Choosing the Right Food at the Right Time:
- When shopping, get canned and packaged foods first before heading to the refrigerated sections of the grocery store. Make sure cans are not bulging or dented. Check for cracks in jars and avoid jars with bulging lids. If canned or packaged goods are sticky on the outside this could indicate a leak, and these products should be avoided.
- Choose pasteurized milks and cheeses, as well as juices and ciders that have been pasteurized or treated. Pasteurization is accomplished by significantly elevating the temperature of the product during processing, thus killing any microorganisms that may cause illness.
- Select eggs that are refrigerated and check the eggs, before leaving the store, for any cracks. Cracks can allow microorganisms to enter the eggs, thus increasing the chances for illness.
- Wait to select frozen food and perishables, such as meat, poultry, and seafood, until the end of your shopping trip, and bag these products separately in plastic bags so the drippings do not contaminate other food in the shopping cart.
- Bring a cooler full of ice to keep frozen and perishable foods cold if your return trip from the grocery store will be longer than one hour.
- Refrigerate (40°F) or freeze (0°F) perishables immediately upon arrival home from the store.
- Store eggs in carton in the refrigerator. Avoid storing them in the door because the temperature is warmer here due to the door being opened and closed.
- Meats, poultry and fish can be placed in the refrigerator in the packaging from the grocery store if they are to be cooked within 12 days. For longer storage, these items should be wrapped tightly and placed in the freezer.
- Keep cold food cold and hot food hot.
- Produce should be cleaned prior to preparation in order to remove any dirt and grime. Pay special attention to cleaning produce that will be eaten raw because there will be no heat involved during preparation to kill lingering bacteria.
- Wash hands, utensils and cutting boards that have come in contact with meat or poultry before preparing other foods. This reduces the possibility of cross contamination.
- Cook meat, poultry and eggs thoroughly. Ground beef should reach an internal temperature of 160°F, and eggs should be cooked until the yolk is firm. Make sure to use a meat thermometer to check internal temperatures.
- Make sure to refrigerate any leftovers promptly so contamination is not allowed to occur.
- Restaurants are inspected by the local health department. Only patronize restaurants that passed the health inspection.
- Order your steaks or hamburgers well done and send your meal back if the meat is still pink in the center.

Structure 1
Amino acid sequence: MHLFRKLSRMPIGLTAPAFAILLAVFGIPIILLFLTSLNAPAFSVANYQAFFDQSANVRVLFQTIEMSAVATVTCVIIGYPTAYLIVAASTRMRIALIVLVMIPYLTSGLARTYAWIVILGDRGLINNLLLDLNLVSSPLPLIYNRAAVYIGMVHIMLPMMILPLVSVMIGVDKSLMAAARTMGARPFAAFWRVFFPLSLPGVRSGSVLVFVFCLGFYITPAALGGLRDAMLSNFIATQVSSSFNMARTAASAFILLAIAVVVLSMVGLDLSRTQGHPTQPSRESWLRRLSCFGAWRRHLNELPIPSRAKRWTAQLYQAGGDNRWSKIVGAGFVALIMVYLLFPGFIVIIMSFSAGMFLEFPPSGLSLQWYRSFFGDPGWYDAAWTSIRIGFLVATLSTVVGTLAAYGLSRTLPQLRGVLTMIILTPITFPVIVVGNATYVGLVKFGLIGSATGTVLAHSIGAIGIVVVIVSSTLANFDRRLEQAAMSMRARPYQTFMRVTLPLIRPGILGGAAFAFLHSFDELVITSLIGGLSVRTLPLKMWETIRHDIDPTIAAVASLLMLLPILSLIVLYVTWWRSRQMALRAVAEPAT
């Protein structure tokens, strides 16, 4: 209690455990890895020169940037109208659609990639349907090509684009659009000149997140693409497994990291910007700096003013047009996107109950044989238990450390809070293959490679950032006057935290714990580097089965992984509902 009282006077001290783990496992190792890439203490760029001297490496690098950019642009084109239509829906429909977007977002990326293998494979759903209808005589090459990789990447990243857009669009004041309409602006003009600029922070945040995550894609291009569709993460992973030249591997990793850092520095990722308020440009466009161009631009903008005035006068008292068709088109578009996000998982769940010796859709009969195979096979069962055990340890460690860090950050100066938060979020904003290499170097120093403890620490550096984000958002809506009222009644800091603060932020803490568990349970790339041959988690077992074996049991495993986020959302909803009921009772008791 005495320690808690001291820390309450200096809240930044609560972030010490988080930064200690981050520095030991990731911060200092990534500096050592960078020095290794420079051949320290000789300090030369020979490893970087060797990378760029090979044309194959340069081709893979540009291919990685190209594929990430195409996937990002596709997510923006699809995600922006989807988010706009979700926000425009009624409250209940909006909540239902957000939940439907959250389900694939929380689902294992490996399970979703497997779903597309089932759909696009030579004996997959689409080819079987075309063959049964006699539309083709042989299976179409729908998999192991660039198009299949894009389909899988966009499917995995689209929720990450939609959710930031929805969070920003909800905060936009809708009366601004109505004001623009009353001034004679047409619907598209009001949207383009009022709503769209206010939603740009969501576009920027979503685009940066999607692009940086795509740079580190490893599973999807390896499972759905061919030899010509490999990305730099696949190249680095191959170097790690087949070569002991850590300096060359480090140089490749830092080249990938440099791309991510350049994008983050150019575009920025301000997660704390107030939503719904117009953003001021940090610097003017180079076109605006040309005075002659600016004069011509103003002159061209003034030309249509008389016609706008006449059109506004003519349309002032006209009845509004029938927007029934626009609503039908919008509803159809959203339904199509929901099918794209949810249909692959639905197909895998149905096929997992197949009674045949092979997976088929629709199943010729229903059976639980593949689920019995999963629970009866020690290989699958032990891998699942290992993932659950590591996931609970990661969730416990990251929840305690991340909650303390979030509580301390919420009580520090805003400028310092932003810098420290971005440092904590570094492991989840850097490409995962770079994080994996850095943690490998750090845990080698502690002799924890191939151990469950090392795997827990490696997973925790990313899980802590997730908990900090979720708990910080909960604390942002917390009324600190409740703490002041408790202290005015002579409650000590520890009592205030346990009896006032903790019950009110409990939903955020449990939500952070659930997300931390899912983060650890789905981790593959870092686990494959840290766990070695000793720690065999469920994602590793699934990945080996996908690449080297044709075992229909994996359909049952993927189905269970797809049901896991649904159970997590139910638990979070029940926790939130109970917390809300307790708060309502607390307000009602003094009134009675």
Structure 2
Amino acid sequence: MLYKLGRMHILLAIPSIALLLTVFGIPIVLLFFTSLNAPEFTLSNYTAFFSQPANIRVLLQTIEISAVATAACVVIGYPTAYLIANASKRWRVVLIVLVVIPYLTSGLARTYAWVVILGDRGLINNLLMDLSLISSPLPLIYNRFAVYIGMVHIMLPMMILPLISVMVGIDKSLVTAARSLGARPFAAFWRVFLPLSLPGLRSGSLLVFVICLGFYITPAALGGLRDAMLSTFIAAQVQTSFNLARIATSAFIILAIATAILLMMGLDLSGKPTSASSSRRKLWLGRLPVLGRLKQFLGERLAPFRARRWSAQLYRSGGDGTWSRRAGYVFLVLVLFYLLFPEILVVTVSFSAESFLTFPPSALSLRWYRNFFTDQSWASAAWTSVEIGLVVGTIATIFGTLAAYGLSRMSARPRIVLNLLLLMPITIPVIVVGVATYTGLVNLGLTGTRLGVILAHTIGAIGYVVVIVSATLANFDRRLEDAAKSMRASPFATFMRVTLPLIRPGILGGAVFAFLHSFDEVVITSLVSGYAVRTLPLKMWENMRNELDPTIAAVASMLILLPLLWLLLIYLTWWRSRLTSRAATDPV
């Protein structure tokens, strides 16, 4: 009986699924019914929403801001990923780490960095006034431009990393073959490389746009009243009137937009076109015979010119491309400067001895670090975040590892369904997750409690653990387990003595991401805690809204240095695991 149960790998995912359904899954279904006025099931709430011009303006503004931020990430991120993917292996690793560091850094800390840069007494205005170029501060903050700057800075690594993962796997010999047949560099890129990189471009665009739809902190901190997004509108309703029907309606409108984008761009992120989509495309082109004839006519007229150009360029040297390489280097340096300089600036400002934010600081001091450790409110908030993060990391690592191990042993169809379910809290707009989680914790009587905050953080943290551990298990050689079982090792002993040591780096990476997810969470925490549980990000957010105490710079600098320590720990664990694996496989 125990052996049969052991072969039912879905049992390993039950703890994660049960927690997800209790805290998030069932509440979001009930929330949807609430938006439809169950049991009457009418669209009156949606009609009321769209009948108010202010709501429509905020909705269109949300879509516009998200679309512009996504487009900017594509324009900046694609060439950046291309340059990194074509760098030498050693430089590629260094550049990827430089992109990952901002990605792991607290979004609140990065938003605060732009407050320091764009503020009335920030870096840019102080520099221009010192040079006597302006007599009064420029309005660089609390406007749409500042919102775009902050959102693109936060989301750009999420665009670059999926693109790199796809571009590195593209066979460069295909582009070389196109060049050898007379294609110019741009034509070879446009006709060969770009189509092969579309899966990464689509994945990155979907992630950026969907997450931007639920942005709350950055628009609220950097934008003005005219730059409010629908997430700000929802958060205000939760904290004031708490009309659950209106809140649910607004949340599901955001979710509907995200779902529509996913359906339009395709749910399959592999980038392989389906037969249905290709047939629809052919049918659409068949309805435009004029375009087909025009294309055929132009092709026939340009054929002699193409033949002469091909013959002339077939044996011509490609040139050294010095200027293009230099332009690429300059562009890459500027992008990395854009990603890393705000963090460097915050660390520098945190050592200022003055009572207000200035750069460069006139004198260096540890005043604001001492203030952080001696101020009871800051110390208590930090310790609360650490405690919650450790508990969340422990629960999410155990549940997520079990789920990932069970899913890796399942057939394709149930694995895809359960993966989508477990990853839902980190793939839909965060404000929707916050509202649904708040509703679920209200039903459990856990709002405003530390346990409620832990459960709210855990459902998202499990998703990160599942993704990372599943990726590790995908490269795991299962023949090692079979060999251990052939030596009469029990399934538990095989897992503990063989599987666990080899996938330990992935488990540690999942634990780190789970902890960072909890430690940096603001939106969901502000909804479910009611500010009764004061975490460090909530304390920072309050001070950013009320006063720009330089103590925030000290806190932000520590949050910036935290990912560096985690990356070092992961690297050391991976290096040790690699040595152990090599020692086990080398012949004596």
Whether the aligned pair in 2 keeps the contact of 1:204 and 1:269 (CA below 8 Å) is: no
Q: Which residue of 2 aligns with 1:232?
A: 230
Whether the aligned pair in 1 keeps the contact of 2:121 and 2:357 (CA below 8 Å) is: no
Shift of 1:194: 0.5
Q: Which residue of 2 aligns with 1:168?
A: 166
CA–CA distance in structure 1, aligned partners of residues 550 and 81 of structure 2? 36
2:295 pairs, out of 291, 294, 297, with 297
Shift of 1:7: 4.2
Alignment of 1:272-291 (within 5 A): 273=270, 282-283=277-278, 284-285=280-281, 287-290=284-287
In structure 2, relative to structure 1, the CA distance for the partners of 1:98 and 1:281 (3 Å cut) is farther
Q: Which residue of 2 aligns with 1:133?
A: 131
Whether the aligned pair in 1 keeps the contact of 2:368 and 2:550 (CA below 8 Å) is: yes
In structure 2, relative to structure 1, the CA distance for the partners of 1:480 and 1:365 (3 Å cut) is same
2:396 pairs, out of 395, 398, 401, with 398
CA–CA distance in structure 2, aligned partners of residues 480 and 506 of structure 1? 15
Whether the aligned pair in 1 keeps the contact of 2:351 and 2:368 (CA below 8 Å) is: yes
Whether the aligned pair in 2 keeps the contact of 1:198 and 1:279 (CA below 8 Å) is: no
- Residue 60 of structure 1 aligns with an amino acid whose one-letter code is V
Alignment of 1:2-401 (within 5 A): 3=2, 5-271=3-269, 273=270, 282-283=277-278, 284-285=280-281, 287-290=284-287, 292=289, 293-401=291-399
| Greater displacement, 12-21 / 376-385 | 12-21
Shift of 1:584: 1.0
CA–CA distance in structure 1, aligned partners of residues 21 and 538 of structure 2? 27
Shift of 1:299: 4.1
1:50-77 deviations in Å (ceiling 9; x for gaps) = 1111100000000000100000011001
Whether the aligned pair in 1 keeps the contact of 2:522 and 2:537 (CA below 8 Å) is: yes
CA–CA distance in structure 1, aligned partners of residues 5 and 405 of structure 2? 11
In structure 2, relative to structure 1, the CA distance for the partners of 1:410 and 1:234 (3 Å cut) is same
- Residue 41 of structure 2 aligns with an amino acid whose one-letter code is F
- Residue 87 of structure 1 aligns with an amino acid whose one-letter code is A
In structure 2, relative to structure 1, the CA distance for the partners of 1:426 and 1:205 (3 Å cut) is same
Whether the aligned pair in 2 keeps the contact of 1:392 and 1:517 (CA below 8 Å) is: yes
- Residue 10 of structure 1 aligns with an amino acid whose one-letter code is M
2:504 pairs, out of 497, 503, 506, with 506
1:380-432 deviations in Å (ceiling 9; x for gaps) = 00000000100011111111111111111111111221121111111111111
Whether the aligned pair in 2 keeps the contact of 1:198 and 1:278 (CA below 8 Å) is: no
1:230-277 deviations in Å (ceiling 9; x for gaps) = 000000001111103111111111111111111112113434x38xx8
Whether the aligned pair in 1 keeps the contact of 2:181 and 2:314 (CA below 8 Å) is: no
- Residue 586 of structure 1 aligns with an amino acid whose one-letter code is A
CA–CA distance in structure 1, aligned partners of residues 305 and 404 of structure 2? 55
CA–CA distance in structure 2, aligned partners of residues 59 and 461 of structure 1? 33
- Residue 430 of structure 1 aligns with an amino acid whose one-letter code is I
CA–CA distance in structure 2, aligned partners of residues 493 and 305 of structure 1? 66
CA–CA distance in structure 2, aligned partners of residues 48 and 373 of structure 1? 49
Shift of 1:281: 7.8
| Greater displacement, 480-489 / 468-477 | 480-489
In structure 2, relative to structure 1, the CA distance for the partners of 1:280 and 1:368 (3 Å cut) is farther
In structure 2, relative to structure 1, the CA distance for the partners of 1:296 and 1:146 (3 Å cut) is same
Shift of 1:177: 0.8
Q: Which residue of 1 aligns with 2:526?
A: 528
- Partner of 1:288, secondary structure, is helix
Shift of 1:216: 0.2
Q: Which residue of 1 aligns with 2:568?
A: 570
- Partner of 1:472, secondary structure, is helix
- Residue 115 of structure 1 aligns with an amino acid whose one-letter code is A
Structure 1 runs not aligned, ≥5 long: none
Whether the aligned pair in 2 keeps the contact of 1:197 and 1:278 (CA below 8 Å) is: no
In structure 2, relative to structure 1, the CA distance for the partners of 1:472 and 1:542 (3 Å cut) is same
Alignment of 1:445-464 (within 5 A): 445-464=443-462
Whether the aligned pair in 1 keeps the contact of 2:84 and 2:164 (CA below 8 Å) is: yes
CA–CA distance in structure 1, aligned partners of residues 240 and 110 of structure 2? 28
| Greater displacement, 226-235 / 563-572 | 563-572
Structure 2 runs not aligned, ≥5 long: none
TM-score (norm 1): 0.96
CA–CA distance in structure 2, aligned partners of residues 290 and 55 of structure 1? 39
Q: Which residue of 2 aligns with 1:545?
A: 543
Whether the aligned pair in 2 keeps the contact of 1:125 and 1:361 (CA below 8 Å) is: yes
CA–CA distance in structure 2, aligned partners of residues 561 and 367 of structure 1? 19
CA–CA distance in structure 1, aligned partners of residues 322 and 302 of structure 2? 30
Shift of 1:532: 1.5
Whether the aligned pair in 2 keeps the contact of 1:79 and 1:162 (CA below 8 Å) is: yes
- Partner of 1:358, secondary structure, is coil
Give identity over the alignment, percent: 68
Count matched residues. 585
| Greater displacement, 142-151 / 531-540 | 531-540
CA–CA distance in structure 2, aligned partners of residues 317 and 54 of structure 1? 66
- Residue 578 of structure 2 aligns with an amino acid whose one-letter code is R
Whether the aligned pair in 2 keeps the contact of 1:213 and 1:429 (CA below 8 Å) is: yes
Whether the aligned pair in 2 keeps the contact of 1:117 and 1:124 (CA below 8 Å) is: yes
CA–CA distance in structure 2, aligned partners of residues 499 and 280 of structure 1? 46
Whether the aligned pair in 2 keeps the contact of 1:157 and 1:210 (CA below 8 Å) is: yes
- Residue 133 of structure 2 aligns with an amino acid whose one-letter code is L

- Ask if the eggs and other dairy products used to prepare your food are pasteurized.
These prevention measures are needed to limit the possibility of contamination of our food as it travels from the farm to our tables. However, if contamination does occur, and a foodborne illness results, it is important to report this to your local health department. With the information you provide, health officials can gain a better understanding regarding the initialization, transmission and other contributing factors to FBDOs.
Commonly Asked Questions
|Q.||How can I tell if I have a foodborne illness or just the flu? Are there tell tale signs indicating a foodborne illness?|
|A.||Some of the symptoms of the flu are similar to those of foodborne illness, such as fever, loss of appetite, headache and vomiting. However, in addition to these symptoms the flu carries with it muscle and joint aches, fatigue and cough. A foodborne illness would not display the respiratory symptoms, such as cough, that accompanies the flu.|
|Q.||How long does it take to get sick from ingesting an illness causing pathogen?|
|A.||After a pathogen is ingested an incubation period occurs. This incubation period can last from a few hours to a few days. During this period the microbes move through the stomach and begin multiplying in the intestines. At this point symptoms will be noticed, such as diarrhea or fever. Some microbes will cause symptoms via the intestines, while others will produce a toxin that can enter the bloodstream and attack other organs in the body, causing more severe symptoms, such as temporary anemia or kidney failure, in extreme cases.|
|Q.||Are certain people more susceptible to foodborne illnesses?|
|A.||Infants, the elderly and those individuals with weakened immune systems are more susceptible to foodborne illness because they do not have strong natural mechanisms to fend off a microbial attack in their system. These individuals are more likely to have severe symptoms associated with a foodborne illness as well.|
|Q.||What should I do if I suspect a foodborne illness?|
|A.||First and most important seek medical treatment as necessary, especially if you are considered to be someone more susceptible to foodborne illness. If you suspect the foodborne illness originated from a restaurant or large gathering contact your local health department.|
Find even more information you can use to help make informed decisions about the regulatory issues you face in your workplace every day. View all Quick Tips Technical Resources at www.grainger.com/quicktips.
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The information contained in this publication is intended for general information purposes only. This publication is not a substitute for review of the applicable government regulations and standards, and should not be construed as legal advice or opinion. Readers with specific questions should refer to the cited regulation or consult with an attorney.